Outgoing U.S. Sen. Richard Shelby (R-Tuscaloosa) voted in favor of the $1.7 trillion government spending package. His Alabama counterpart, U.S. Sen. Tommy Tuberville (R-Auburn), voted against it.

The Senate vote passed 68-29 on Thursday, clearing the required minimum of 60 votes. The House is slated to quickly vote on the bill before government funding runs out at midnight on Friday.

In one of the last votes of his career, Shelby chose to go against his fellow Alabama senator and several outspoken Republicans by voting for the final passage of the massive "omnibus" government spending bill.  

In addition to $47 billion in aid to Ukraine, Shelby boasted the bill's earmarks for Alabama, which will include billions for military facilities, universities, public health, economic development and more.

"Throughout my career, I have done everything in my power to bring success to my home state," Shelby said. "The funding for Alabama in this package is significant in terms of the impact it will have on communities and the overall state-wide economy for generations to come. This package also represents a serious commitment to our national defense, aid for Americans in need as a result of natural disasters, and continuing support for the people of Ukraine as they fight against Russian aggression. While the path to get here was winding at times, I am proud that we have completed our work for the American people."

Tuberville made his decision last minute but ultimately voted against the bill, calling it a "monstrosity." Tuberville was critical of the additional Ukraine funding and other "giveaways" he saw as gratuitous.

"Democrats have expanded the size of our federal government to a point we can no longer afford," Tuberville said in a statement. "Because of the piecemeal way Congress has approached funding the government over the past two decades, we are forced to consider massive budgets at the last minute. This makes oversight of spending nearly impossible — and worsens inflation that's crushing working families. Americans have to live within their means while Congress burns money we don't have. I opposed the omnibus because Congress should be responsible enough to spend no more than we can afford, just as Americans do every day."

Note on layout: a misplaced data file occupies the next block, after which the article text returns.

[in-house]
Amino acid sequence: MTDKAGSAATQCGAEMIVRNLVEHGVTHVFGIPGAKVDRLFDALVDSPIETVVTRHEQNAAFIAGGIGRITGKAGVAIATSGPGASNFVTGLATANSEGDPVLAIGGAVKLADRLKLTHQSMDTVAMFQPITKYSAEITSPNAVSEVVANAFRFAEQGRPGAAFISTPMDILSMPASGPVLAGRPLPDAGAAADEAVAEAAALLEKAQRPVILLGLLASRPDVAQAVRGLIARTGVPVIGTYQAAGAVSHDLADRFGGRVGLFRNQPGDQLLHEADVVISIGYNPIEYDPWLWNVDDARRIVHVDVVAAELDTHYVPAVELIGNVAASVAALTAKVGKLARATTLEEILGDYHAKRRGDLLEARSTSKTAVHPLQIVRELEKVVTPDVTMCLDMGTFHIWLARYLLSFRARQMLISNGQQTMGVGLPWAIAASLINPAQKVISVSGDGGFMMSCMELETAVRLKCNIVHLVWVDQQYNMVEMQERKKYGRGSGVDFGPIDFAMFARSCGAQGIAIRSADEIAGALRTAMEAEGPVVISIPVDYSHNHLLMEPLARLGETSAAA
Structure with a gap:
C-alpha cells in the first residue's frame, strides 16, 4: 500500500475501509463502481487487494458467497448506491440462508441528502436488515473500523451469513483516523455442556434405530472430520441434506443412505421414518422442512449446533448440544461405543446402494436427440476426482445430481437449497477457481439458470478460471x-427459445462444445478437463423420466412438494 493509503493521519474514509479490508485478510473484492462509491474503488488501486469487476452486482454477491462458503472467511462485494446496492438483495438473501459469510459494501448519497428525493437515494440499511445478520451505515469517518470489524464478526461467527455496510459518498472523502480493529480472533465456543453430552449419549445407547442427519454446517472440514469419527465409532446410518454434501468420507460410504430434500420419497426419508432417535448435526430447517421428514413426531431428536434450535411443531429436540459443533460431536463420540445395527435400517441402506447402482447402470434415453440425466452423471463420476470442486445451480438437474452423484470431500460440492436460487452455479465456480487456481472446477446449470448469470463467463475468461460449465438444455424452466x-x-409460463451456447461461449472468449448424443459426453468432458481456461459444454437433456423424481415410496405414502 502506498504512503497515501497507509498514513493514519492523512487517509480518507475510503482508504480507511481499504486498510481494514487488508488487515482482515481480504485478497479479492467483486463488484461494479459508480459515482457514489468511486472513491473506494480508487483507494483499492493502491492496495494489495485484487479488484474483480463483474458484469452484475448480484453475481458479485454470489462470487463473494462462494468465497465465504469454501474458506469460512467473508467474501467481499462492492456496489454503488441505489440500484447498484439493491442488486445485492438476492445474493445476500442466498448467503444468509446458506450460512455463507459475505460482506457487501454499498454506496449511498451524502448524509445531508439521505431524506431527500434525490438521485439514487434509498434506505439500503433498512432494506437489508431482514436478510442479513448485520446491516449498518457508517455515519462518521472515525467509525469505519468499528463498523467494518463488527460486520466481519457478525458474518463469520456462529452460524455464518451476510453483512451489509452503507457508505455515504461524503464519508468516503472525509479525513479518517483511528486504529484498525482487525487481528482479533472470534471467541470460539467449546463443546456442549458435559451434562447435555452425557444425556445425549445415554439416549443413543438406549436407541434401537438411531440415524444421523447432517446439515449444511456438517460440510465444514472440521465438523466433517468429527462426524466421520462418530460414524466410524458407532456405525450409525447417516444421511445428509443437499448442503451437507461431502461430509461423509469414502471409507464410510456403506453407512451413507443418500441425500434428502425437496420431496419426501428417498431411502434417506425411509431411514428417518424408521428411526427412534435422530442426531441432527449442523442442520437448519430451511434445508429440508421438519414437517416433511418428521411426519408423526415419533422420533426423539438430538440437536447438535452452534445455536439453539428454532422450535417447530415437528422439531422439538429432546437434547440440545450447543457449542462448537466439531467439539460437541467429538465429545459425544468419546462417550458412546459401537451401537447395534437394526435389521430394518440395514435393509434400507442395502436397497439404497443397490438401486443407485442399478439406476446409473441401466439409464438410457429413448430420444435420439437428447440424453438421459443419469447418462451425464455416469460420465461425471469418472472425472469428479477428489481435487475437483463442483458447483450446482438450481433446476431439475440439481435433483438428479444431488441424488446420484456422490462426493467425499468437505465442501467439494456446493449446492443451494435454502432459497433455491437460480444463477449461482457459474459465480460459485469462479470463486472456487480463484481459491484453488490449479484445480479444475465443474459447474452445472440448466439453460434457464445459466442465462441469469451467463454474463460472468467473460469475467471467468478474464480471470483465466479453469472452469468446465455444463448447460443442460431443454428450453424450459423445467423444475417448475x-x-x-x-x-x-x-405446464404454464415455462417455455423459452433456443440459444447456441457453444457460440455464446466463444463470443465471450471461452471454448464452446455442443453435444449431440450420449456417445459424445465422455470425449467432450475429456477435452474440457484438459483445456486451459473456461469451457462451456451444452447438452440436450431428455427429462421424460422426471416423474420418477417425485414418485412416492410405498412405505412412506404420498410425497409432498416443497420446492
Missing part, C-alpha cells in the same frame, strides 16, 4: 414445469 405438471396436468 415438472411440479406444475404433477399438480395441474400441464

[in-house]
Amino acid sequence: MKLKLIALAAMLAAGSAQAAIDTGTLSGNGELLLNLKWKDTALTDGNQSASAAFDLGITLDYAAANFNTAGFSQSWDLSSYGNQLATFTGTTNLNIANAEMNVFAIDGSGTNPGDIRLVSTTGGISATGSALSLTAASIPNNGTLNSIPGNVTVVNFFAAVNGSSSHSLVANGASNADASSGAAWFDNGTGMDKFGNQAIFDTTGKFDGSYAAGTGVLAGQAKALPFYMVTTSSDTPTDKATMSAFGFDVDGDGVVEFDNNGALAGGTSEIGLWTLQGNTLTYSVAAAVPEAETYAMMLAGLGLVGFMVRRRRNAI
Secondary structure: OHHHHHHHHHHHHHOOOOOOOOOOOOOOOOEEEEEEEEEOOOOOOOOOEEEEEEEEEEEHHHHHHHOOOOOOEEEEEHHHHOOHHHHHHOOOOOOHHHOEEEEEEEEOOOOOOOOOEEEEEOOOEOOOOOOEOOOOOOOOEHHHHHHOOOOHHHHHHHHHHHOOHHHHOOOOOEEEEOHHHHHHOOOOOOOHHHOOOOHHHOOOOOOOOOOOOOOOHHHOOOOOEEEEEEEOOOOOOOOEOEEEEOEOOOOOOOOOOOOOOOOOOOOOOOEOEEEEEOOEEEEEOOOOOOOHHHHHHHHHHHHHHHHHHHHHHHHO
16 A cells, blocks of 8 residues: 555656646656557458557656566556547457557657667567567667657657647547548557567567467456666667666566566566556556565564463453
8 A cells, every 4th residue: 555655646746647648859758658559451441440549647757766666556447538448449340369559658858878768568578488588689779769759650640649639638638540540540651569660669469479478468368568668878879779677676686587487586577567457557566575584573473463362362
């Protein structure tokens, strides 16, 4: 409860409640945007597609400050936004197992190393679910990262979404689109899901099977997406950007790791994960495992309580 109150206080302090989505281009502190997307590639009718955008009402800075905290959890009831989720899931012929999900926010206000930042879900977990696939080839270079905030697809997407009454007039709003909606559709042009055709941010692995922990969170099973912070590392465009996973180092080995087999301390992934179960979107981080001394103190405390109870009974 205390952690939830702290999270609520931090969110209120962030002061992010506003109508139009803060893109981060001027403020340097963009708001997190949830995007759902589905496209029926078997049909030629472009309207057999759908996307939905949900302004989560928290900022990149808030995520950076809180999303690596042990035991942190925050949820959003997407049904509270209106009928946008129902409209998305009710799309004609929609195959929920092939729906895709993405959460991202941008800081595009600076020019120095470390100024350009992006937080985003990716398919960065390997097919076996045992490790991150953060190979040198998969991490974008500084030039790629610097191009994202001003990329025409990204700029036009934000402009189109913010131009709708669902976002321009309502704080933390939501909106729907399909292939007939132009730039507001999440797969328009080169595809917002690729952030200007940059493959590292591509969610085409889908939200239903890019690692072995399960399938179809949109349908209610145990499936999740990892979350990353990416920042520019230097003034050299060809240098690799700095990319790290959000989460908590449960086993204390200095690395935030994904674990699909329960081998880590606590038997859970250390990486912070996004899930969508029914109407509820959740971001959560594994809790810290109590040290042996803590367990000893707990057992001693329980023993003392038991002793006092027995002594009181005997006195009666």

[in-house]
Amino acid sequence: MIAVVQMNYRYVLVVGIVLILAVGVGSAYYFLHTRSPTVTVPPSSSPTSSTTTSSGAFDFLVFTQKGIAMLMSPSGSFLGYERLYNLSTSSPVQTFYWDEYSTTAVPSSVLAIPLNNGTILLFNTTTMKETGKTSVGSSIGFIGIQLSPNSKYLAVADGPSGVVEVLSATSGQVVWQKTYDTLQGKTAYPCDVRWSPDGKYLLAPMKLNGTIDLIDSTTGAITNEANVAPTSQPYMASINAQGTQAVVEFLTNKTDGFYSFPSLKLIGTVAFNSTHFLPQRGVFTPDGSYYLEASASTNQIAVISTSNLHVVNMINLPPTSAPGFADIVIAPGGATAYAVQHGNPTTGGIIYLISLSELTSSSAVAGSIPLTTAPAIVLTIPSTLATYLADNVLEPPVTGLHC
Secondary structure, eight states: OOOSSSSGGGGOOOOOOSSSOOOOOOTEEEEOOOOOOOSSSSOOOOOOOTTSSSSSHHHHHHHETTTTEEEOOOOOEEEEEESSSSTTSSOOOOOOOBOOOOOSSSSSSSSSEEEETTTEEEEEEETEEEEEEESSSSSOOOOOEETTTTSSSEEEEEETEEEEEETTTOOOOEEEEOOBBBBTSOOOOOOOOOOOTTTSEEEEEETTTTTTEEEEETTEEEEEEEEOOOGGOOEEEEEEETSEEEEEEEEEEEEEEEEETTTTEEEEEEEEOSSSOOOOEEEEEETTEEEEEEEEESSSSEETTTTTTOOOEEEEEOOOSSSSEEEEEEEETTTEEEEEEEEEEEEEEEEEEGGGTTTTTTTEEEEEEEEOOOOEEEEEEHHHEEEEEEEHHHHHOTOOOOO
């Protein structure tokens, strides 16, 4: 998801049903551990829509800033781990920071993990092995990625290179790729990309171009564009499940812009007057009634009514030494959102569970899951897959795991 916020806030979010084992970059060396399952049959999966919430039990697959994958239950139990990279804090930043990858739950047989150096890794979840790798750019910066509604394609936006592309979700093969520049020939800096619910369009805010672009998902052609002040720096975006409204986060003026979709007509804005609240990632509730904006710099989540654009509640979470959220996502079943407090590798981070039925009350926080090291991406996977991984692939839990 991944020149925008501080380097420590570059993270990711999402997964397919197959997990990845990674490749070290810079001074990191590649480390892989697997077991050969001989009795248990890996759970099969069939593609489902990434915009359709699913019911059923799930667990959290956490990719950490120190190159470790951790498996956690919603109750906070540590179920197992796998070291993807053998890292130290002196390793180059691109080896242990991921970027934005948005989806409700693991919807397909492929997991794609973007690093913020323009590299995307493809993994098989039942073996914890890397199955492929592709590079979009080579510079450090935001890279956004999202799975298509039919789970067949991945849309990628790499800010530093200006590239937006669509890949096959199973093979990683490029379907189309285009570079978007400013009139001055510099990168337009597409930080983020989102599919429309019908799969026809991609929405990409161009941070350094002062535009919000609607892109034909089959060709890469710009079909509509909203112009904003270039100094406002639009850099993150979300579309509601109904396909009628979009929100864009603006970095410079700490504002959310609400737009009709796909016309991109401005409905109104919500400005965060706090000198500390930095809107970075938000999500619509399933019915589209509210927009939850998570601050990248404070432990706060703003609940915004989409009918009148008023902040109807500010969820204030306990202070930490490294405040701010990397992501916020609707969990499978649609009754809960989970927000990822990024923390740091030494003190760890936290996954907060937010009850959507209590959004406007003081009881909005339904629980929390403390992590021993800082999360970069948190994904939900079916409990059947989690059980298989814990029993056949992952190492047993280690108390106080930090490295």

Although the bill is expected to pass the House, it has fierce opposition from the likes of U.S. Rep. Barry Moore (R-Enterprise), who, last week, asked his fellow leaders to delay the vote until the new session starts on Jan. 3, 2023, when Republicans take the House majority.

Before the Senate vote, Moore and 29 other House Republicans sent a letter in which they pledged to oppose any legislative priority of those senators who voted for the bill.

"Republicans can't continue to tell voters' we are going to fight President Biden's radical policies', but then fail to stand firm when tested,'" Moore said. "Now that we have leverage, we must use it. I refuse to look the other way as Congress advances politicians' pet projects at the expense of the priorities of hurting American families. Washington has neglected their interests for far too long, and my colleagues and I are pledging to defend them."

U.S. Rep. Mo Brooks (R-Huntsville) blasted Shelby's support for the bill, claiming the Senator was more responsible for the national debt than anyone in history.

U.S. Rep. Jerry Carl (R-Mobile) has stated he will vote "no" on the bill, despite having $3.5 million earmarked to improve traffic flow issues in his district.

To connect with the author of this story, or to comment, email craig.monger@1819news.com.

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